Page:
Scrapple

 

After the hams and bacon have been put down in cure and the sausage is all ground and the lard rendered and the feets pickled and the snouts soused, you take what's left, mostly the head, and make scrapple. Now, I have seen a lot of modern recipes for making scrapple. Most say to start with a shoulder or some such good piece of meat. Blasphemy! Everybody knows there are better ways to use a shoulder. Such wanton waste would not have been tolerated back when times were tight and folks had to make the most of what they had. Besides, head meats have unique tastes and textures, as anyone who has tasted barbacoa de cabeza can attest, and definitely makes the best scrapple. If you have to use store-bought meat, look for shoulders. You will need some skin and cartilage for gelatin; therefore, the picnic end will work better than the Boston butt. You could also include a few feet for the same reason.

 

Here's how we used to make scrapple back when I was  young. Nothing was ever measured – it was made by feel and taste.

 

Ingredients:

 

1 Grandmother to make sure everything is done "just so"

1 Mother to do most of the preparation. Overseen by ingredient #1

2 Children, big enough to stir the pot but not smart enough to be elsewhere

HogsŐ heads (number depending upon how many hogs were killed)

Hearts and about ¼ of the livers

Various and sundry scraps not used to make other delicacies

Salt, pepper, sage and maybe a little celery salt to highlight the flavors (optional)

Cornmeal (not self-rising), preferably stone ground white but plain yellow works fine

 

The feature attraction is the cleaned head. Remove the eyeballs (the brains were removed on killing day and scrambled with eggs the next morning). Break the head(s) into manageable pieces with a cleaver, and cook them down in a kettle of boiling water until the meat is easily pulled and the gelatin is released from the skin and connective tissue. Skim most of the fat from the stock and save. Pull all of the meat from the heads and chop up the chunks. Cook the liver and heart and whatever else wasn't used in other delicacies and grind them separately. Get a tote-sack full of corn meal and keep it handy. Put the meat, heart, and other scraps (except liver) back into the simmering kettle of stock. Add liver until you can taste it but the liver flavor does not predominate. Add salt and celery salt - the cornmeal will take a lot of salt so you get this mixture fairly salty. Stir. Taste. Add sage and pepper to taste - not too much, now. Stir. Taste. Pass the spoon around so everybody can pass judgment. When it's right, you should taste salt first, then liver (but not too strong), rich pork meat flavor and a hint of sage. When everybody, especially Ingredient #1, agrees that it couldn't possibly be better, bring out the cornmeal and kids.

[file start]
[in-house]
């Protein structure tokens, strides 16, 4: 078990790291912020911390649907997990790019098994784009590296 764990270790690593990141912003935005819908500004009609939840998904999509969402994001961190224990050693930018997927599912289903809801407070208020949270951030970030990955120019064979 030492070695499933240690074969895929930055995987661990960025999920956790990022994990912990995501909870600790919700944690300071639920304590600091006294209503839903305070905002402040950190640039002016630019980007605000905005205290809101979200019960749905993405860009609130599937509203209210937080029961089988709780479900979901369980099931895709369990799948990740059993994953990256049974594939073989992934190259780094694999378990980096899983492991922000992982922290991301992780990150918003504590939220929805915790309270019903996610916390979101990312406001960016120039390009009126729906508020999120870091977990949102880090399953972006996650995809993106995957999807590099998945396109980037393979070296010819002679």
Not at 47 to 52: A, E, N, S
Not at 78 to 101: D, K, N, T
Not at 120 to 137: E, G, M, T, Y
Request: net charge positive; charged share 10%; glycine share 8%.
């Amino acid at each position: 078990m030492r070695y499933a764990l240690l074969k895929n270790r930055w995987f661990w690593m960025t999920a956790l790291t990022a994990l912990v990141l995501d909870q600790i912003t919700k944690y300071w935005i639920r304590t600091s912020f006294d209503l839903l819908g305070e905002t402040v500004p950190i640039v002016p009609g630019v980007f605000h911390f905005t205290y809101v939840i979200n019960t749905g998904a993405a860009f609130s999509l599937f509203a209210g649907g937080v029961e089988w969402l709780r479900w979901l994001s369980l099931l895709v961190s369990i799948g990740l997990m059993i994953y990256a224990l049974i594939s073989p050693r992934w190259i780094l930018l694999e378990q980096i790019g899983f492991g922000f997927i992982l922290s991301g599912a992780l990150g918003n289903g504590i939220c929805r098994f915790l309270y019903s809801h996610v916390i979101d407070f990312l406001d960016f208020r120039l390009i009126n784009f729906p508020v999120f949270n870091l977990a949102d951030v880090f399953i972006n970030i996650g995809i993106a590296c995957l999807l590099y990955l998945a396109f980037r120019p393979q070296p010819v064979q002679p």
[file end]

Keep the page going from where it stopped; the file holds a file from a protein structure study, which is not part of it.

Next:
Now comes the hard part! Slowly stir in the cornmeal with a long wooden spoon - not too much at a time, now. Keep stirring. Add cornmeal. Add some fat. Keep stirring. Add cornmeal. Add some fat. Keep stirring as the mixture starts to get thick. Keep stirring. Not thick enough yet. Add a little more corn meal. Keep stirring. A little more fat until there is a slight sheen to the surface but no visible oil. Keep stirring.

 

"Just where do you think you're going? Get back here and stir that pot!!"

 

As the mixture thickens and you fine-tune the ratio of fat to cornmeal, it will start to separate from the sides of the kettle – a sure sign that it is done and will set properly. This is a good thing 'cause the kids are about tuckered. Ladle it into lightly greased, shallow, rectangular or square tin pans to a thickness of about 2 ½ inches. Be careful - it's still hot! Start slapping it down with the palm of your hand. Slap it like you mean it! SLAP IT! If you are doing it right, your hand should be beet red, sore and covered with a light coat of pig oil. Good. Now let the pans cool, cover with waxed paper and put them in the Frigidaire or cool pantry.

 

Next morning, remove scrapple from the pan and slice about 3/8" thick. Lightly flour both sides. Heat about ¼" of bacon grease or lard in an iron skillet until it just starts to smoke. Fry until the outside starts to crisp but the inside is still soft. Drain briefly on a paper towel. Serve with syrup and eggs.

 

There's nothing else like it in this world!!

 

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(c) Dan Gill 12-07

Published in Pleasant Living magazine January - February 2008